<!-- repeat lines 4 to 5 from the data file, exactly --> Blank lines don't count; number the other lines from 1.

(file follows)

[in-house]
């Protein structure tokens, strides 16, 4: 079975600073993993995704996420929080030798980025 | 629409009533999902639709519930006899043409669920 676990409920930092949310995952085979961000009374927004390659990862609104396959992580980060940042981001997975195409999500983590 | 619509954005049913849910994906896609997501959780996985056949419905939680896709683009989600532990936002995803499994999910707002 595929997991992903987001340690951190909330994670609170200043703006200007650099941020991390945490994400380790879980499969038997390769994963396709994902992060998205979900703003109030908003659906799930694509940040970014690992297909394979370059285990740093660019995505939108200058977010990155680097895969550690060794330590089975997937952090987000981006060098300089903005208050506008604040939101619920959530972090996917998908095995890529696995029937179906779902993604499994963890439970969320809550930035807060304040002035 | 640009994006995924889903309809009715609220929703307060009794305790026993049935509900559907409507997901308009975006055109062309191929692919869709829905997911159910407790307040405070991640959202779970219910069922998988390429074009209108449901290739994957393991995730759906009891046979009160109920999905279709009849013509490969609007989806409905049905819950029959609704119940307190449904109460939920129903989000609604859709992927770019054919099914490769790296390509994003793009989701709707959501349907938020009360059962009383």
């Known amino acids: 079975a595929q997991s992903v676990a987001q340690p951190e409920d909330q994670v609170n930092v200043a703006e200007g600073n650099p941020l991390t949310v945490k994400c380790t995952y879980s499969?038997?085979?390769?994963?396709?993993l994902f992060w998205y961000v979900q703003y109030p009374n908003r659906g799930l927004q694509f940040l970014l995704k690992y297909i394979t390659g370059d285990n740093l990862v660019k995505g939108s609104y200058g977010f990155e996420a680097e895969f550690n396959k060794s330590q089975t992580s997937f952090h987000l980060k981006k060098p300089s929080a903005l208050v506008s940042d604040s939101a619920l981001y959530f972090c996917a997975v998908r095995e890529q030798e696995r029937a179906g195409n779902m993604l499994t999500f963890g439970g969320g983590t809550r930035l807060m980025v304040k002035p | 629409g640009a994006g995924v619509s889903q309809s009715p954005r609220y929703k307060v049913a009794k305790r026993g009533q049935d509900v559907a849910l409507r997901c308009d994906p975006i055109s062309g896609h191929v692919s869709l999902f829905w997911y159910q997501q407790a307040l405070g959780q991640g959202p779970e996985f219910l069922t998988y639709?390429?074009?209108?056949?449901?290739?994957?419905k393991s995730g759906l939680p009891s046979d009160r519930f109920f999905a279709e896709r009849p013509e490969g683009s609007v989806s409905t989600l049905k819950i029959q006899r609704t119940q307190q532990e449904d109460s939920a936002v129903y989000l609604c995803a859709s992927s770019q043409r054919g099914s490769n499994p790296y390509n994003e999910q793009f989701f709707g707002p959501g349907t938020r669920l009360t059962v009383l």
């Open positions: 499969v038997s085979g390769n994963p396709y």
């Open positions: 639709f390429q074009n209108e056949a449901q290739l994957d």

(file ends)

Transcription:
């Open positions: 499969v038997s085979g390769n994963p396709y």
């Open positions: 639709f390429q074009n209108e056949a449901q290739l994957d």